Ex. 11. The name and original description of Verrucaria aethiobola Wahlenb. (in Acharius, Methodus, Suppl.: 17. 1803) were published in a single paragraph ascribed to “Wahlenb. Msc.” The name is therefore cited as V. aethiobola Wahlenb., not “Wahlenb. ex Ach.” nor “Wahlenb. in Ach.” (unless a full bibliographic citation is given), regardless of the accompanying description provided by Acharius.
Ex. 12. The new combination Crepis lyrata was published in Candolle’s Prodromus systematis naturalis regni vegetabilis (7: 170. 1838), as “C. lyrata (Froel. in litt. 1837)”, and in a footnote on p. 160 Candolle acknowledged Froelich as having authored the account of the relevant section of Crepis (“Sectiones generis iv, v et vi, à cl. Froelich elaboratae sunt”). The name is therefore cited as C. lyrata (L.) Froel. or C. lyrata (L.) Froel. in Candolle (followed by a bibliographic citation of the place of publication), but not C. lyrata “(L.) Froel. ex DC.”
Ex. 13. The name Physma arnoldianum was published in a paper authored by Arnold (in Flora 41: 94. 1858). Arnold introduced the name as “Ph. Arnoldianum Hepp. lit. 12. Decbr. 1857”, and the description is immediately followed by the phrase “Hepp. in lit.” The name is therefore cited as P. arnoldianum Hepp, not P. arnoldianum “Hepp ex Arnold”. Because Arnold is the author of the paper, not of the whole work (the journal Flora), his name is not required even in a full bibliographic citation.
Note 3. The authorship of a descriptive name (Art. 16.1(b)) is not changed if the name is used at a rank different from that at which it was first validly published because it is not a name at new rank (see Art. 6 Note 3; see also Art. 49.2).
Ex. 14. Streptophyta Caval.-Sm. (in Lewin, Origins of Plastids: 340. 1993) was originally published as a name at the rank of infrakingdom (used as a rank between subkingdom and phylum). When the name is used at the rank of phylum, it is still cited as Streptophyta Caval.-Sm. (1993).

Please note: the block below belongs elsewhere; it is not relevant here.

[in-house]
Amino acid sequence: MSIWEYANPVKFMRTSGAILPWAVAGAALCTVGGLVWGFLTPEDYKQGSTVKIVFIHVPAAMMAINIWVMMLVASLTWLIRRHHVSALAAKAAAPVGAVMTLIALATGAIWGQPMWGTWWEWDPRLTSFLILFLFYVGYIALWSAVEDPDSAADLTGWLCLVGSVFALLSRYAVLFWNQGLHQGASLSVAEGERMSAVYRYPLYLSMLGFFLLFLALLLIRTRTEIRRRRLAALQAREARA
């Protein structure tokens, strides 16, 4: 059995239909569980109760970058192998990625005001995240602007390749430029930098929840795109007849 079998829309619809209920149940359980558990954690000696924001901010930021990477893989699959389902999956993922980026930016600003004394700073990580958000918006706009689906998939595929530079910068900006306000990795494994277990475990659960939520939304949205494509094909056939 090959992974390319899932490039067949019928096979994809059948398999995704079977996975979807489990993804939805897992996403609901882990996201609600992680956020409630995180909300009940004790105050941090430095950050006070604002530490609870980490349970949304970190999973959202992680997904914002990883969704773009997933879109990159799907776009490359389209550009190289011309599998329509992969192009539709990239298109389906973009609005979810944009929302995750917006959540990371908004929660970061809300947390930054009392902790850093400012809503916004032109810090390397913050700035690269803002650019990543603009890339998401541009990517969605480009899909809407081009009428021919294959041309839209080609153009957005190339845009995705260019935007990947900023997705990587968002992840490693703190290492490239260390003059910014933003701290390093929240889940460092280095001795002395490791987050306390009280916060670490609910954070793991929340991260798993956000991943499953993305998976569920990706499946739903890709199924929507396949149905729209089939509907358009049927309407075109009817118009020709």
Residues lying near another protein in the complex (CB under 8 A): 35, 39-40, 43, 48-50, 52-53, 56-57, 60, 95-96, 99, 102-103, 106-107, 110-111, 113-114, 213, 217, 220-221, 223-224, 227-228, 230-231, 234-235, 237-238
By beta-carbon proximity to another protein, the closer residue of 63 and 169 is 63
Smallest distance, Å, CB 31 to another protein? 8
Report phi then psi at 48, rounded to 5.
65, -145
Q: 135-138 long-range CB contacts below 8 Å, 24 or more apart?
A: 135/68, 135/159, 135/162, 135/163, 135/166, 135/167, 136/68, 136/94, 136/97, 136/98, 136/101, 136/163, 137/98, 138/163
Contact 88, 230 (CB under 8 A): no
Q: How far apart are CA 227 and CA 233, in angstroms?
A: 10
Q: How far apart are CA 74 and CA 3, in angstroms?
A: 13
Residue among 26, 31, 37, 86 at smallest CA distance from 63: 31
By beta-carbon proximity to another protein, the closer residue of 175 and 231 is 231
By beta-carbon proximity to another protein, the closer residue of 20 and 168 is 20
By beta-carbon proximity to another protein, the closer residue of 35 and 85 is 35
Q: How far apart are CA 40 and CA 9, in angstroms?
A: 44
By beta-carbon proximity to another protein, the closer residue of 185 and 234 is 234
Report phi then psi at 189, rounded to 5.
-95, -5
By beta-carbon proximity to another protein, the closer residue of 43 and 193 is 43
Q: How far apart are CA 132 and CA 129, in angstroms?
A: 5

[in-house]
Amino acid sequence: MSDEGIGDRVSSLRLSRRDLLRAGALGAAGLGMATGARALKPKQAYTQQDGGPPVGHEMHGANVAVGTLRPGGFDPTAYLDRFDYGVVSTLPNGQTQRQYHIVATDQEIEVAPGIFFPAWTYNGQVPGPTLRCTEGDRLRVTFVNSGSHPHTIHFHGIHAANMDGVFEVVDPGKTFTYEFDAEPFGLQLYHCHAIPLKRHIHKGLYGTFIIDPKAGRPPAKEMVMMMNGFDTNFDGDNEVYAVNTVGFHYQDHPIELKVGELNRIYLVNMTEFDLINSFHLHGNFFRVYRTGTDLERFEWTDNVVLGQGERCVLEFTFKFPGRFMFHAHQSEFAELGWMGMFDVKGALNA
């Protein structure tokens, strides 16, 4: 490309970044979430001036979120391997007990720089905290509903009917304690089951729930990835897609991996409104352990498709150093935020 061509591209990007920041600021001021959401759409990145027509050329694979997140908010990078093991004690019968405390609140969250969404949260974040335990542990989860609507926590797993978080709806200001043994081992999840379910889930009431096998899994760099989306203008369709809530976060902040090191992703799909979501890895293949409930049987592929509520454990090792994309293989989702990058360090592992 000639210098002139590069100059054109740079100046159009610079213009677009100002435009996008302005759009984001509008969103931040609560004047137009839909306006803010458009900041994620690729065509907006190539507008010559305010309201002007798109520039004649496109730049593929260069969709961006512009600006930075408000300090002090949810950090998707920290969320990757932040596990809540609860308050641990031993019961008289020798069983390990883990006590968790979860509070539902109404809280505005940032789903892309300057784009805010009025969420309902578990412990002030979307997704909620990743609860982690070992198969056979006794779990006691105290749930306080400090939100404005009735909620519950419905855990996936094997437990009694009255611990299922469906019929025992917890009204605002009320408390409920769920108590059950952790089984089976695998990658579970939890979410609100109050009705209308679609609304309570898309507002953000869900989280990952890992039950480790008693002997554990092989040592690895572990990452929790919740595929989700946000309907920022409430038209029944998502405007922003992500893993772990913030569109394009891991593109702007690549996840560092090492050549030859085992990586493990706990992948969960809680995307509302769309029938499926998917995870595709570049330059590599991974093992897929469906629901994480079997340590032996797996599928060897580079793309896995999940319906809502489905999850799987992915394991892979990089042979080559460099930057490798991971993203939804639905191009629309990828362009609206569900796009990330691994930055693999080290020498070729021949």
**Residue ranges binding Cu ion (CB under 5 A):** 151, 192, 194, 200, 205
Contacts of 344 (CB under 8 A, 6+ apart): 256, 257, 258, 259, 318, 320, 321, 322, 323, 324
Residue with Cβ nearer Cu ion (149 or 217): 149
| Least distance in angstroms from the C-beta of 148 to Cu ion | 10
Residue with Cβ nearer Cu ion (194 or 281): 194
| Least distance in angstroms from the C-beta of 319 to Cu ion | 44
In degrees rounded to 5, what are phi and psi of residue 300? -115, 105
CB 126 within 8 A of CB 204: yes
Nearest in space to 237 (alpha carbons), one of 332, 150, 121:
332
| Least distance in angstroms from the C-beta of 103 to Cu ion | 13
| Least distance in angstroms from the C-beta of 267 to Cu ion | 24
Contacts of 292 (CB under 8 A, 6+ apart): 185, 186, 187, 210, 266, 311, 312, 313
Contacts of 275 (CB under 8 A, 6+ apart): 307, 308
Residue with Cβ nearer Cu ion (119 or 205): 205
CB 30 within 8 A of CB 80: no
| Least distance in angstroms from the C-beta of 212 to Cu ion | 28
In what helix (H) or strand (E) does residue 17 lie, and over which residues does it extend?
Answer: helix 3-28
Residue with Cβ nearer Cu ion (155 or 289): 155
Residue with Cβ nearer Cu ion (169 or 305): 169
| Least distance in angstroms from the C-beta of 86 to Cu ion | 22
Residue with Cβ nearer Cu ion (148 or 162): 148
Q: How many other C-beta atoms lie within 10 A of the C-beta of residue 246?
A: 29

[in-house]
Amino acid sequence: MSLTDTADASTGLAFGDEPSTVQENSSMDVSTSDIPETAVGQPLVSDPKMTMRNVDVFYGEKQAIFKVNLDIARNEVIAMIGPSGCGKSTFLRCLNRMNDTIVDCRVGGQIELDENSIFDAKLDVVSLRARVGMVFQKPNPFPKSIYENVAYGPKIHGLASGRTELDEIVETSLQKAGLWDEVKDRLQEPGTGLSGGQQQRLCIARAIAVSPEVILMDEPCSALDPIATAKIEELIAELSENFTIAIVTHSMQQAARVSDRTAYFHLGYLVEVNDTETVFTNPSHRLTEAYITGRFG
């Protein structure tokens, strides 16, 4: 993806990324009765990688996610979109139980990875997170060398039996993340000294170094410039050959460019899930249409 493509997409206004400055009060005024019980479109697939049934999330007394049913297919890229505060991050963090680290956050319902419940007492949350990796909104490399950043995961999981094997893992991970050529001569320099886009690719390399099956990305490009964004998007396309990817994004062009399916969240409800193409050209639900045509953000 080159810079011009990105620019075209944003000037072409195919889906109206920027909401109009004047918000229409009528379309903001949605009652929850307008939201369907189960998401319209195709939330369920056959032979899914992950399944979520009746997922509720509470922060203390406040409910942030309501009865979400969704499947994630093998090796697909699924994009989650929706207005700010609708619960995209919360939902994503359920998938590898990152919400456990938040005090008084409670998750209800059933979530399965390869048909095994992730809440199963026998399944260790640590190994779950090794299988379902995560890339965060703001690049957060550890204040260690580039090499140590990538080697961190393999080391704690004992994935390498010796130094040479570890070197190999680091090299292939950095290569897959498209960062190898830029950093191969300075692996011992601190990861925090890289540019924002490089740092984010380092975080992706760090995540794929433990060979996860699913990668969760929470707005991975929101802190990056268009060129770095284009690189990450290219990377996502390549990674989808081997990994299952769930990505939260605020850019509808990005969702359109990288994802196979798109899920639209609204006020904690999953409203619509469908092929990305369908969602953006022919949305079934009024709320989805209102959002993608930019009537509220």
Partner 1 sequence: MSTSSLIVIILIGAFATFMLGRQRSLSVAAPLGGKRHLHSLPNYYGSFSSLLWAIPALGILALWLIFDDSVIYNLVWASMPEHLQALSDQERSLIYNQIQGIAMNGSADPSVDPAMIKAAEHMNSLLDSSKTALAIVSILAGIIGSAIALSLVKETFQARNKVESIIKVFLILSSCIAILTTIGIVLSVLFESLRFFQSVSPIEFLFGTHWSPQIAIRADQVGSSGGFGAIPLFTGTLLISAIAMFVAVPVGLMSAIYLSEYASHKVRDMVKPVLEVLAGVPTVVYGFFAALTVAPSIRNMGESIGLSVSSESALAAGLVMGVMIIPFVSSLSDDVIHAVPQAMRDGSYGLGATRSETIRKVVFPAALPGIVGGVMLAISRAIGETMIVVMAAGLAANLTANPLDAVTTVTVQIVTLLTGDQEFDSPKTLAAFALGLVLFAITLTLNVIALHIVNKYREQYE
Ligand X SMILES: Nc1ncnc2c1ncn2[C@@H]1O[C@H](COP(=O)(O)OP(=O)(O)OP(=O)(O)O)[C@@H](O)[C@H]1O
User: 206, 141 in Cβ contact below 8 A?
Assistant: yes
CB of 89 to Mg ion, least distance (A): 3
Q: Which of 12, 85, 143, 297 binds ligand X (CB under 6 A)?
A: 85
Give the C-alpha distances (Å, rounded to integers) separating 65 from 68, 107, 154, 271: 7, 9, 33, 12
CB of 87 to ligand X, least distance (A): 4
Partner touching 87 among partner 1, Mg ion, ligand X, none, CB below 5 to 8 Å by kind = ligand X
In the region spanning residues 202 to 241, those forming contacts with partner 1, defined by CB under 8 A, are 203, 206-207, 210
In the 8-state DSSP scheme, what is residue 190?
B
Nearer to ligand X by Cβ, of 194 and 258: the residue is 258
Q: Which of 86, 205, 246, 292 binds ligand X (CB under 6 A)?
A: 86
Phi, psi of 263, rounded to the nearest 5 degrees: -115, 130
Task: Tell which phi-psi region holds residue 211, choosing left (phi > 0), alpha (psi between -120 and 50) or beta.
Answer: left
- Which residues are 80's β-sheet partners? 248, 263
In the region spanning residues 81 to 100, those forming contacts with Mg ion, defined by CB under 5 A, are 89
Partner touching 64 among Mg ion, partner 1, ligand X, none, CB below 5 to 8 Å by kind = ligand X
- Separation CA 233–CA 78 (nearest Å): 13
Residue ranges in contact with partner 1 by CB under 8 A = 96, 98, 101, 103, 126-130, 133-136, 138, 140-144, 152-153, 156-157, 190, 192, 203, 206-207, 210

46.3. For the purposes of Art. 46, ascription is the direct association of the name of a person or persons with a new name or description or diagnosis of a taxon. An author citation associated with a synonym does not constitute ascription of the accepted name, nor does reference to a basionym or a replaced synonym (regardless of bibliographic accuracy) or reference to a homonym.
Ex. 15. The name Atropa sideroxyloides was published in Roemer & Schultes (Syst. Veg. 4: 686. 1819), with the name and diagnosis in a single paragraph followed by “Reliq. Willd. MS.” As this represents direct association of Willdenow with both the name and the diagnosis, the name is cited as A. sideroxyloides Willd., not A. sideroxyloides “Roem. & Schult.” nor A. sideroxyloides “Willd. ex Roem. & Schult.”
Ex. 16. Sicyos triqueter Moc. & Sessé ex Ser. (in Candolle, Prodr. 3: 309. 1830) was ascribed to Mociño and Sessé by Seringe’s writing “S. triqueter (Moc. & Sessé, fl. mex. mss.)”. However, Malpighia emarginata DC. (Prodr. 1: 578. 1824) was not ascribed to these authors by Candolle’s writing “M. emarginata (fl. mex. ic. ined.)”.
Ex. 17. Lichen debilis Sm. (in Smith & Sowerby, Engl. Bot. 35: t. 2462. 1812) was not ascribed to Turner and Borrer by Smith’s citing “Calicium debile. Turn. and Borr. Mss.” as a synonym.
Ex. 18. When Opiz (1852) wrote “Hemisphace Benth.” he did not ascribe the generic name to Bentham but provided an indirect reference to the basionym, Salvia sect. Hemisphace Benth. (see Art. 41 Ex. 4).
Ex. 19. When Brotherus (in Engler & Prantl, Nat. Pflanzenfam. 1(3): 875. 1907) published “Dichelodontium nitidum Hook. fil. et Wils.” he provided an indirect reference to the basionym, Leucodon nitidus Hook. f. & Wilson, and did not ascribe the new combination to Hooker and Wilson. He did, however, ascribe to them the simultaneously published name of his new genus, Dichelodontium Hook. f. & Wilson ex Broth.
Ex. 20. When Sheh & Watson (in Wu & al., Fl. China 14: 72. 2005) wrote “Bupleurum hamiltonii var. paucefulcrans C. Y. Wu ex R. H. Shan & Yin Li, Acta Phytotax. Sin. 12: 291. 1974” they did not ascribe the new combination to any of those authors but provided a full and direct reference to the basionym, B. tenue var. paucefulcrans C. Y. Wu ex R. H. Shan & Yin Li.
Ex. 21. When Sirodot (1872) wrote “Lemanea Bory” he in fact published a later homonym (see Art. 48 Ex. 1). His reference to Bory’s earlier homonym is not therefore ascription of the later homonym, Lemanea Sirodot, to Bory.
Note 4. When the name of a new taxon is validly published by reference to a previously and effectively published description or diagnosis (Art. 38.1(a)), the name of the author of that description or diagnosis, even if not explicitly mentioned, is unequivocally associated with it.